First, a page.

fierce attachments

a mother-daughter blog about the fierce attachments in our lives… title inspired by Vivian Gornick's wonderful memoir

Tag: humanitarian aid work

the path not taken: a mother and her aid worker daughter

by nikki meredith

Two roads diverged in a yellow wood, 

And sorry I could not travel both…

 Robert Frost

“Mom, please tell me….if it’s going to be too hard on you, I won’t go.”

Caitlin and I were sitting outside at Emporio Rulli, our neighborhood Italian Bakery drinking tea on a shimmering fall day. She was scheduled to leave soon for Darfur where she’d be working as an epidemiologist with Médecins Sans Frontières (MSF). The news from the region was dreadful.  In a pitched battled against settled farmers, an armed militia group known as the Janjaweed were on a rampage, burning down villages, killing men, raping women. Children were starving.  The year she was scheduled to go, the fighting had reached a peak and the conflict was then considered one of the worst humanitarian disasters in the world.  I got a knot in my gut every time I thought of her embarking on that particular journey but there was more to the story. Read the rest of this entry »


aid worker underwear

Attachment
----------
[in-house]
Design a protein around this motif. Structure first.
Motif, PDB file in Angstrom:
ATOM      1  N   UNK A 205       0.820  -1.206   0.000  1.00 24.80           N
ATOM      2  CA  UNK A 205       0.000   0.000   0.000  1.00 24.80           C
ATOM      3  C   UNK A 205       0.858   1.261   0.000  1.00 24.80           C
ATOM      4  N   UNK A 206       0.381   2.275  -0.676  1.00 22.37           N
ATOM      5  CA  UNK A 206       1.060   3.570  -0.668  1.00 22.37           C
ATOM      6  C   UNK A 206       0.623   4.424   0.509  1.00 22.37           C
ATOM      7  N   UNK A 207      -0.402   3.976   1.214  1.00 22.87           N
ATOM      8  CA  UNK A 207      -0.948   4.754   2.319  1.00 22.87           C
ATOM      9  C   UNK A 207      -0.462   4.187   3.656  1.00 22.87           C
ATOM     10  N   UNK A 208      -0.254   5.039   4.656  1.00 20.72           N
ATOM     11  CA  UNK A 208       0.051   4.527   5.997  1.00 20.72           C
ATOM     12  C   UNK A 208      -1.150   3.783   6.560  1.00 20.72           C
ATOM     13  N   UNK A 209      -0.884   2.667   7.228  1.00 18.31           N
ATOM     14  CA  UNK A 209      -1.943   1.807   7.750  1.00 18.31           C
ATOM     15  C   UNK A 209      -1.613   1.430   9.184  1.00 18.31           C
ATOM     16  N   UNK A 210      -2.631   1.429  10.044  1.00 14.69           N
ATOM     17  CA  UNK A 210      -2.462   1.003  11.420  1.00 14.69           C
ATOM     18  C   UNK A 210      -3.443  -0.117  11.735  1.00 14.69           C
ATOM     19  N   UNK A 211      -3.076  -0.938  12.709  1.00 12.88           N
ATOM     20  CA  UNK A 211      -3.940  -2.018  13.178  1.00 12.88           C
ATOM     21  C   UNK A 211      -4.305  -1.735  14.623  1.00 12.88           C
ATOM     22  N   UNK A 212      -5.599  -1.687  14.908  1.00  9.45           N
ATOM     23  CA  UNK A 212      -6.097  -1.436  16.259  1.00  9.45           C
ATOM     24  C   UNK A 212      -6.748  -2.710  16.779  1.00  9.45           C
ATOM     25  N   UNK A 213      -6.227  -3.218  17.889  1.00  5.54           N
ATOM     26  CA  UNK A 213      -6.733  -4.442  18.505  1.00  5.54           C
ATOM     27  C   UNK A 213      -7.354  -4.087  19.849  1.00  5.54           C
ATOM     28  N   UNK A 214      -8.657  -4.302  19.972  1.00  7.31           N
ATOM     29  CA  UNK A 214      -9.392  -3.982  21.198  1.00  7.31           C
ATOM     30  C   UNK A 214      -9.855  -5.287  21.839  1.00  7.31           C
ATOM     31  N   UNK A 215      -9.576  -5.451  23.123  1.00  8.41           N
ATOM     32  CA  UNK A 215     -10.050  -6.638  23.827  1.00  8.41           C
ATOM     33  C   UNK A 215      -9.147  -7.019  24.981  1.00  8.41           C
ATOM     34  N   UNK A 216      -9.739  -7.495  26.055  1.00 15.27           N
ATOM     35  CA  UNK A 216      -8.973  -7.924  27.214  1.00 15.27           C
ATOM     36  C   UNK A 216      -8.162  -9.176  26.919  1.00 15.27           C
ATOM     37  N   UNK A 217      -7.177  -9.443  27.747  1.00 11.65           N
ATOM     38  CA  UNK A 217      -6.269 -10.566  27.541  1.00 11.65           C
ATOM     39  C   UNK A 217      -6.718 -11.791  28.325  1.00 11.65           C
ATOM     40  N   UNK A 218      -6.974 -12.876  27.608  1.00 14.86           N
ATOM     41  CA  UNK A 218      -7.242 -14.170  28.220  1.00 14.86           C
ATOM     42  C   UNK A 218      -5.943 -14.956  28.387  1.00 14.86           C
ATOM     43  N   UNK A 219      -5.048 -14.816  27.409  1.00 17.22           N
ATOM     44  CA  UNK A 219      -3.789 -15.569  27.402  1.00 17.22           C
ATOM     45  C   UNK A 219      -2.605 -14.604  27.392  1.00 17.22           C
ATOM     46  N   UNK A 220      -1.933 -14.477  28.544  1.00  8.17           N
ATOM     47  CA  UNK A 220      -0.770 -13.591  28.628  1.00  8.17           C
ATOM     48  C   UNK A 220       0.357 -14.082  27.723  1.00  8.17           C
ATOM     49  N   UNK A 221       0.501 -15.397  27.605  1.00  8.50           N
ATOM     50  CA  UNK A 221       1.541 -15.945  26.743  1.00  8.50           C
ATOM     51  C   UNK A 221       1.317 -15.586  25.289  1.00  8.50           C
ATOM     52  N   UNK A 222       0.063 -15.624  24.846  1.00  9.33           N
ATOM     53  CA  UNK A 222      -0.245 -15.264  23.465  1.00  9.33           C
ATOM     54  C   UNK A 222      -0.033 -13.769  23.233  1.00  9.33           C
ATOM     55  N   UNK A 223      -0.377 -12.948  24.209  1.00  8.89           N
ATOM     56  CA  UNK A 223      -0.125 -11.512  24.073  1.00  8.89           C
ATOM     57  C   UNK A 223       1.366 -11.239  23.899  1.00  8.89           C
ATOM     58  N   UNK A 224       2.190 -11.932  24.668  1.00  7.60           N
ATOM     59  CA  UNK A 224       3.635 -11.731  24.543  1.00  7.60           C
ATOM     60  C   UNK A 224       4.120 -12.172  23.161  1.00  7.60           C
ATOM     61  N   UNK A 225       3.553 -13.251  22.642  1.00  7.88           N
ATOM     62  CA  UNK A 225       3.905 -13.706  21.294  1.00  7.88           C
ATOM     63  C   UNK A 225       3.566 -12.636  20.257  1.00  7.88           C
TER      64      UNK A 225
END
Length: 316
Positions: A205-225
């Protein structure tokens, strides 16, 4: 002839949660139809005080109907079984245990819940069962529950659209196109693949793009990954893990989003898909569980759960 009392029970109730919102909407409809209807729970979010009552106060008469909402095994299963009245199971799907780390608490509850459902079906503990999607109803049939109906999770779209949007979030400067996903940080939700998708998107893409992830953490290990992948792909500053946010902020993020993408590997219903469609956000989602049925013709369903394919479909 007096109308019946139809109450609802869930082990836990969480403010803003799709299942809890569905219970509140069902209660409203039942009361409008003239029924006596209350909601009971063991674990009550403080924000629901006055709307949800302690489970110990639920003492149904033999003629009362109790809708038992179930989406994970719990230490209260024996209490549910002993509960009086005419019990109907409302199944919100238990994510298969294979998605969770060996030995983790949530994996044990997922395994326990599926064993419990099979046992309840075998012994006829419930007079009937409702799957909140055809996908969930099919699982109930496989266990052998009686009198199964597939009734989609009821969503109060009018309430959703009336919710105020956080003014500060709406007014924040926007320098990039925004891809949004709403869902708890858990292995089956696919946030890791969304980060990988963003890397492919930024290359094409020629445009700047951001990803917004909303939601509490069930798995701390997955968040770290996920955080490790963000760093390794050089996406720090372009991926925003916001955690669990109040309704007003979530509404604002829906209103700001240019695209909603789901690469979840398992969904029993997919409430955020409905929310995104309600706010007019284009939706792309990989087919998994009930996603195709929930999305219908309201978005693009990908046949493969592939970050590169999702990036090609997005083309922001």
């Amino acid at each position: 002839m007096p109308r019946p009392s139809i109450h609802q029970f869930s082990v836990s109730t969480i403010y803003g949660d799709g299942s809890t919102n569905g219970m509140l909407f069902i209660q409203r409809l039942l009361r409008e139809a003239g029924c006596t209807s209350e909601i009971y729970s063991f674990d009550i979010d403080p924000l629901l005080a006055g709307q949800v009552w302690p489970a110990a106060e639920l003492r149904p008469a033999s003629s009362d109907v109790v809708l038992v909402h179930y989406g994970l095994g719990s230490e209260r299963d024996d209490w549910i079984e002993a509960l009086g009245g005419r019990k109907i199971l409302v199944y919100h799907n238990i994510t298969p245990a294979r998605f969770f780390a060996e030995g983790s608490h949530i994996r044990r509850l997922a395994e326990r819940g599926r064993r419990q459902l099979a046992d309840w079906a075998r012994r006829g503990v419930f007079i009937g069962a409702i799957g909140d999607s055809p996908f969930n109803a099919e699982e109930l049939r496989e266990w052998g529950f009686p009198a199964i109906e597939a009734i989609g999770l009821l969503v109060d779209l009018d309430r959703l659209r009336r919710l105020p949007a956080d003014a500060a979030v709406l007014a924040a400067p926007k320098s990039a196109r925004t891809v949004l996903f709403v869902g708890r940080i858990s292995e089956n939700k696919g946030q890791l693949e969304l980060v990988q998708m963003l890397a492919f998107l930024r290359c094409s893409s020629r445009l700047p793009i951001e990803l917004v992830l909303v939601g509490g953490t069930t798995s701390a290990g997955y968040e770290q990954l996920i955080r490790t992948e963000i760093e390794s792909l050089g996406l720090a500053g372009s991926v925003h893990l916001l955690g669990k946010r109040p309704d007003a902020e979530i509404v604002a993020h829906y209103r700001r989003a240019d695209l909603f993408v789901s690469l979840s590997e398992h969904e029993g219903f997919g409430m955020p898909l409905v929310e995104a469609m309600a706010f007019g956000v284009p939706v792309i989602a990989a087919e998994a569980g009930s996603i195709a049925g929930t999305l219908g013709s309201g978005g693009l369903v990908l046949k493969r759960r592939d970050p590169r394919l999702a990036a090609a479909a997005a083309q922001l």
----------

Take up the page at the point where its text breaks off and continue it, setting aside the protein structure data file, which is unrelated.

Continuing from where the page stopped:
by caitlin meredith

underwear on washing line via

I’m at it again. Packing. This time it’s for a one-month stint in South Sudan. The conditions will be tough, I’ve been warned. Shared sleeping tents, limited electricity, knee-deep mud, two latrines for forty people. I’ve already gotten much advice from the hardened colleagues already there: Bring vitamins, Ruby shared, because fruits and vegetables are thin on the ground. A good torch is extra necessary to navigate the snakes and scorpions in the night, Matt advised. And don’t forget the rain gear – have I heard that August is the height of the rainy season?

All of these tips are well-received. Ziploc bags full of my REI headlamp, Pepto Bismol, AA batteries, malaria pills, multivitamins and spare umbrella are piled atop my “go bag.” Unfortunately I’m still hung up on the most basic of provisions. Which underwear am I going to bring? Read the rest of this entry »

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